Groundbreaking for lot behind Wal-Mart scheduled for July

By: Carol Percy, Reporter Lincoln News Messenger
-A +A


A developer has applied to the city of Lincoln to build an assisted living and memory care facility behind Wal-Mart, according to George Dellwo, the city’s assistant director of development services.

Temporarily named Summerset Assisted Living and Memory Care, the center will offer 190 units, comprising studios, and one- and two-bedrooms. It will feature common-space areas and amenities, including dining rooms, libraries, Internet lounges, theater, gaming and recreational areas.

The $30-35 million, 140,000-square-foot facility, developed by Neil Huttenhain of Woodcrest Development, is expected to generate up to 120 full-time jobs. The 24-hour center will be open seven days a week. In addition to assisted living and memory care, the facility will provide variable-stay respite care.

The project’s groundbreaking is scheduled for this July, according to Huttenhain.

The 2.76-acre site for the center, located at Third and E streets, is zoned commercial and was listed for $795,000, according to local Realtors. The lot backs up to Wal-Mart on Lincoln Boulevard. Surrounded by both commercial and residential properties, the lot was formerly the site of the Mary Beermann Elementary School. Built in 1921, the school was demolished in the mid-’70s when Rainbow Market was built, according to Dellwo.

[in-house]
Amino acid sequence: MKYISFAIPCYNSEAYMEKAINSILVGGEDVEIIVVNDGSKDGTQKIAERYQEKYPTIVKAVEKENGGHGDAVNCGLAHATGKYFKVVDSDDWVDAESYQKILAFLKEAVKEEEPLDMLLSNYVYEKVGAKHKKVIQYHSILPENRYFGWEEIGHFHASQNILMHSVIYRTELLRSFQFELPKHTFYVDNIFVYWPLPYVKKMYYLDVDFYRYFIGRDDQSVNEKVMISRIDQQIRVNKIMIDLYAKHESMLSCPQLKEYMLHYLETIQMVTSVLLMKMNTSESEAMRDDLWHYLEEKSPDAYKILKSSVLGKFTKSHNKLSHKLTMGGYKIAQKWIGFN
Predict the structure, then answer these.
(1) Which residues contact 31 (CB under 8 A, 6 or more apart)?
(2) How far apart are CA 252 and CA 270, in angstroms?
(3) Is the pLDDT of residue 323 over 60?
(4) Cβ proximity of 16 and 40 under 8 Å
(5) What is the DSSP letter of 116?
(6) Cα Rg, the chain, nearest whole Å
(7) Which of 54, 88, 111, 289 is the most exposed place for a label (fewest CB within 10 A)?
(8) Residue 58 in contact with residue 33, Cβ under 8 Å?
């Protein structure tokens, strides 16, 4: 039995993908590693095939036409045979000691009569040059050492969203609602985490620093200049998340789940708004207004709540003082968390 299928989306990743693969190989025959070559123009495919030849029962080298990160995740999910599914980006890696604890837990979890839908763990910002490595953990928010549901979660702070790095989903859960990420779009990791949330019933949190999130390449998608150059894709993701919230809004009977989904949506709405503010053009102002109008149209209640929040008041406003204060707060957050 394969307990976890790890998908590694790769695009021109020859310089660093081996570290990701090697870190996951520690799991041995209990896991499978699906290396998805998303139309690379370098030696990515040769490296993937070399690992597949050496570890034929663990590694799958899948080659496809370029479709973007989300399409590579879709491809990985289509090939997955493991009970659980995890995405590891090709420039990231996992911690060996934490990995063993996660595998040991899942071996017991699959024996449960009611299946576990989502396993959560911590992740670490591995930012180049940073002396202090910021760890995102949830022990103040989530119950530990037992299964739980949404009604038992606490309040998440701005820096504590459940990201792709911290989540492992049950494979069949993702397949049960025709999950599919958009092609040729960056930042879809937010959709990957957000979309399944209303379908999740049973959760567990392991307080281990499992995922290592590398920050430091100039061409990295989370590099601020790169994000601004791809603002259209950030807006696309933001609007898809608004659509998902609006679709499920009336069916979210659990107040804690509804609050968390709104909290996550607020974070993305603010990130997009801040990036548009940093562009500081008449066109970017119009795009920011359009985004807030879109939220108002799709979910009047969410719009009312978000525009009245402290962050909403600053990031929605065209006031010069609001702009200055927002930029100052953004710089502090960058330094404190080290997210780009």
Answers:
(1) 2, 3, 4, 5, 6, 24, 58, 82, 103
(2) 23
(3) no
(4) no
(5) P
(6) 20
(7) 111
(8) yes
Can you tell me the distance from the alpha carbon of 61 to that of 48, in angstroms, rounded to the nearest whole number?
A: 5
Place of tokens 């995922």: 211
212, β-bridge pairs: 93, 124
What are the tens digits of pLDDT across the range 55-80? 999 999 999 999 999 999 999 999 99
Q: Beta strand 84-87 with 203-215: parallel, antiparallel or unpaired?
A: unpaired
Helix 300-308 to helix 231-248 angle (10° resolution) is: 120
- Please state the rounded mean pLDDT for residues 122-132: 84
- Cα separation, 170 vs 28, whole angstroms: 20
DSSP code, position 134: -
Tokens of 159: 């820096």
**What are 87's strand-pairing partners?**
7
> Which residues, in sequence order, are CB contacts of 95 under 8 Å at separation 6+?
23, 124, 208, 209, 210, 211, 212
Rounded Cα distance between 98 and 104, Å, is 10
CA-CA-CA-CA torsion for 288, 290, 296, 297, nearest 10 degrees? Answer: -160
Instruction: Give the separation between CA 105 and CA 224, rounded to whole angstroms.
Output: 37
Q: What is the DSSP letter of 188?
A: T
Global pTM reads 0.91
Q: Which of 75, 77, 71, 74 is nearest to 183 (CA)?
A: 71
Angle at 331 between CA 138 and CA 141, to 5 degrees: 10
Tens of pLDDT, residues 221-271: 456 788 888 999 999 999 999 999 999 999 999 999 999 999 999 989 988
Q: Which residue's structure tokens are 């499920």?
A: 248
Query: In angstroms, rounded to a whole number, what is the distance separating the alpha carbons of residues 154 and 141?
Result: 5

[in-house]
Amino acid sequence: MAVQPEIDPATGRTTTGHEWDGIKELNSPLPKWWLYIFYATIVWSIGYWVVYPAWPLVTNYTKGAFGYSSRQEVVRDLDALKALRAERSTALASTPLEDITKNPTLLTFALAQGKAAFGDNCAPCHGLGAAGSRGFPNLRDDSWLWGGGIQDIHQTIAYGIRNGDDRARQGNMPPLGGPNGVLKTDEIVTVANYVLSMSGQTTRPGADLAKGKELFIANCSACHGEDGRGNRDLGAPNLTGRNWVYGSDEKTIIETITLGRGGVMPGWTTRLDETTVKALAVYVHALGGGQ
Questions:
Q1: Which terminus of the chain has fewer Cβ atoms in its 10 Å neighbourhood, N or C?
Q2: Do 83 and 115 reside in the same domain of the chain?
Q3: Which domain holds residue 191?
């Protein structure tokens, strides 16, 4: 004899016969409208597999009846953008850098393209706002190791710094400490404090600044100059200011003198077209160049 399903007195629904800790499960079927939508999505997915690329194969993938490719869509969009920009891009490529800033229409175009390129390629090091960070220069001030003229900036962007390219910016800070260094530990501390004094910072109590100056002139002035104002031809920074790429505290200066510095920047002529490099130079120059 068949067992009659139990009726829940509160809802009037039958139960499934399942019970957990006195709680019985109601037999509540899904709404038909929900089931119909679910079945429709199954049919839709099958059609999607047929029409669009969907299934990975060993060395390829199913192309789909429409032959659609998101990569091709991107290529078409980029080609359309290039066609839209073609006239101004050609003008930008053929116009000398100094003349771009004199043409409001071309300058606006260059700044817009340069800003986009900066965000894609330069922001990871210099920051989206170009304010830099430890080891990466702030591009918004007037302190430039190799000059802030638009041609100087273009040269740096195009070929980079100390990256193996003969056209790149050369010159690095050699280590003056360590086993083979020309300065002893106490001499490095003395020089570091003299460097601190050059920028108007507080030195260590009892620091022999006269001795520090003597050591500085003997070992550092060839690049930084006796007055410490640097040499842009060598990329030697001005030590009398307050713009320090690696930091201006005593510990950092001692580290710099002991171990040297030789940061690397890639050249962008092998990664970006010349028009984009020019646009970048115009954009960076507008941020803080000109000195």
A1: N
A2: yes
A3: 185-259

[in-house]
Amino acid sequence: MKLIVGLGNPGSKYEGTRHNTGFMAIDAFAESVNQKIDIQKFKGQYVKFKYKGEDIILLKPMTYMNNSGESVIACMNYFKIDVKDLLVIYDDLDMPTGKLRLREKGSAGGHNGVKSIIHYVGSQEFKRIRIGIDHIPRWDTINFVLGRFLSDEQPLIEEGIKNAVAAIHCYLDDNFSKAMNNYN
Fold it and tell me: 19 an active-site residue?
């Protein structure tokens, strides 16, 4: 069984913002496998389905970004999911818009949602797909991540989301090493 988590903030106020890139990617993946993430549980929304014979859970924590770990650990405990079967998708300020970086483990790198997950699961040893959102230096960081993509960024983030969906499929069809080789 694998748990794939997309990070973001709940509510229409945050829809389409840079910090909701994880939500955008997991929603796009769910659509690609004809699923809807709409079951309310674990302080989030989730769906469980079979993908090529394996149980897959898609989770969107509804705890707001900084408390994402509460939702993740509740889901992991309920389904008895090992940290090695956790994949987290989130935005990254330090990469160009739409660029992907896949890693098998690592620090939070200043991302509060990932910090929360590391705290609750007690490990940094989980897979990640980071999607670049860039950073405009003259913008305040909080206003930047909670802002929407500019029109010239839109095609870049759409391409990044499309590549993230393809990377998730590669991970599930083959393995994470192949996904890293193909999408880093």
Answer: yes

The Third Street lot is referred to as an “urban infill” project. Infill is the use of land within a built-up area for further construction. It focuses on the reuse of obsolete or underutilized buildings and sites. Infill buildings are constructed on vacant or underutilized property or between existing buildings.

Huttenhain is also developing the Summerset Assisted Living and Memory Care Facility in Rancho Cordova, located near Zinfandel Drive and Sunrise Boulevard. It is scheduled for completion this fall.

The developer said the Lincoln care facility “is an almost perfect project for any city because it provides jobs and has virtually no negative influence on the community.”

“No crime, zero impact on schools, no appreciable traffic, no burden on the fire department for emergency medical services because the facility will have its own nurses,” Huttenhain said. “It’s just a good project for any city.”